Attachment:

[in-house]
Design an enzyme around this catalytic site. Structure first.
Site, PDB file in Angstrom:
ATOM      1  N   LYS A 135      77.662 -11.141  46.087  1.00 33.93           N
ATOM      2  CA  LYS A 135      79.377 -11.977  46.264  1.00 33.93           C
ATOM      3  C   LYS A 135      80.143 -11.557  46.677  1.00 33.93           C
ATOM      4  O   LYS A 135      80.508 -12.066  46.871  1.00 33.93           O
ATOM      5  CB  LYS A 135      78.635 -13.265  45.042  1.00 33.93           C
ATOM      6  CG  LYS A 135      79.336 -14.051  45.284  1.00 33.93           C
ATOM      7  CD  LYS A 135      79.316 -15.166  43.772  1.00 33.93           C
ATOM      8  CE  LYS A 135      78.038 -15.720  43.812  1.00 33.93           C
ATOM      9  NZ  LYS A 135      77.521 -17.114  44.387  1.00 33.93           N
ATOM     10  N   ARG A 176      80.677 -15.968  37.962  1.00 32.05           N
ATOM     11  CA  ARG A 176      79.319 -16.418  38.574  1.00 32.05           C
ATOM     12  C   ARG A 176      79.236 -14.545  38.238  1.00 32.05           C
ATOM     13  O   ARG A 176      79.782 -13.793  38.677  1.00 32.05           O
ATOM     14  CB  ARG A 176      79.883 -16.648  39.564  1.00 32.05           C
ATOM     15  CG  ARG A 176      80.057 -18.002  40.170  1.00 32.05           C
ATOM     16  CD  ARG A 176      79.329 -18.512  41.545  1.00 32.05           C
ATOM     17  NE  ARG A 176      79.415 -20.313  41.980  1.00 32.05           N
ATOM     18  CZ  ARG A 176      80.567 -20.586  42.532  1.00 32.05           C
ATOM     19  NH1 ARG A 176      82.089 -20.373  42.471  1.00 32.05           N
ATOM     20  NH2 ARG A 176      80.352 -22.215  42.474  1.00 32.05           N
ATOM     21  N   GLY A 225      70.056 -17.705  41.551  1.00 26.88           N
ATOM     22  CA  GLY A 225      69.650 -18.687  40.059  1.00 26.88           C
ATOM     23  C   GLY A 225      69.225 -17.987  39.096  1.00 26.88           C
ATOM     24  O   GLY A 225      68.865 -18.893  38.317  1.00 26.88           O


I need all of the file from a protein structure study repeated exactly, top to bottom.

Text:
[in-house]
Design an enzyme around this catalytic site. Structure first.
Site, PDB file in Angstrom:
ATOM      1  N   LYS A 135      77.662 -11.141  46.087  1.00 33.93           N
ATOM      2  CA  LYS A 135      79.377 -11.977  46.264  1.00 33.93           C
ATOM      3  C   LYS A 135      80.143 -11.557  46.677  1.00 33.93           C
ATOM      4  O   LYS A 135      80.508 -12.066  46.871  1.00 33.93           O
ATOM      5  CB  LYS A 135      78.635 -13.265  45.042  1.00 33.93           C
ATOM      6  CG  LYS A 135      79.336 -14.051  45.284  1.00 33.93           C
ATOM      7  CD  LYS A 135      79.316 -15.166  43.772  1.00 33.93           C
ATOM      8  CE  LYS A 135      78.038 -15.720  43.812  1.00 33.93           C
ATOM      9  NZ  LYS A 135      77.521 -17.114  44.387  1.00 33.93           N
ATOM     10  N   ARG A 176      80.677 -15.968  37.962  1.00 32.05           N
ATOM     11  CA  ARG A 176      79.319 -16.418  38.574  1.00 32.05           C
ATOM     12  C   ARG A 176      79.236 -14.545  38.238  1.00 32.05           C
ATOM     13  O   ARG A 176      79.782 -13.793  38.677  1.00 32.05           O
ATOM     14  CB  ARG A 176      79.883 -16.648  39.564  1.00 32.05           C
ATOM     15  CG  ARG A 176      80.057 -18.002  40.170  1.00 32.05           C
ATOM     16  CD  ARG A 176      79.329 -18.512  41.545  1.00 32.05           C
ATOM     17  NE  ARG A 176      79.415 -20.313  41.980  1.00 32.05           N
ATOM     18  CZ  ARG A 176      80.567 -20.586  42.532  1.00 32.05           C
ATOM     19  NH1 ARG A 176      82.089 -20.373  42.471  1.00 32.05           N
ATOM     20  NH2 ARG A 176      80.352 -22.215  42.474  1.00 32.05           N
ATOM     21  N   GLY A 225      70.056 -17.705  41.551  1.00 26.88           N
ATOM     22  CA  GLY A 225      69.650 -18.687  40.059  1.00 26.88           C
ATOM     23  C   GLY A 225      69.225 -17.987  39.096  1.00 26.88           C
ATOM     24  O   GLY A 225      68.865 -18.893  38.317  1.00 26.88           O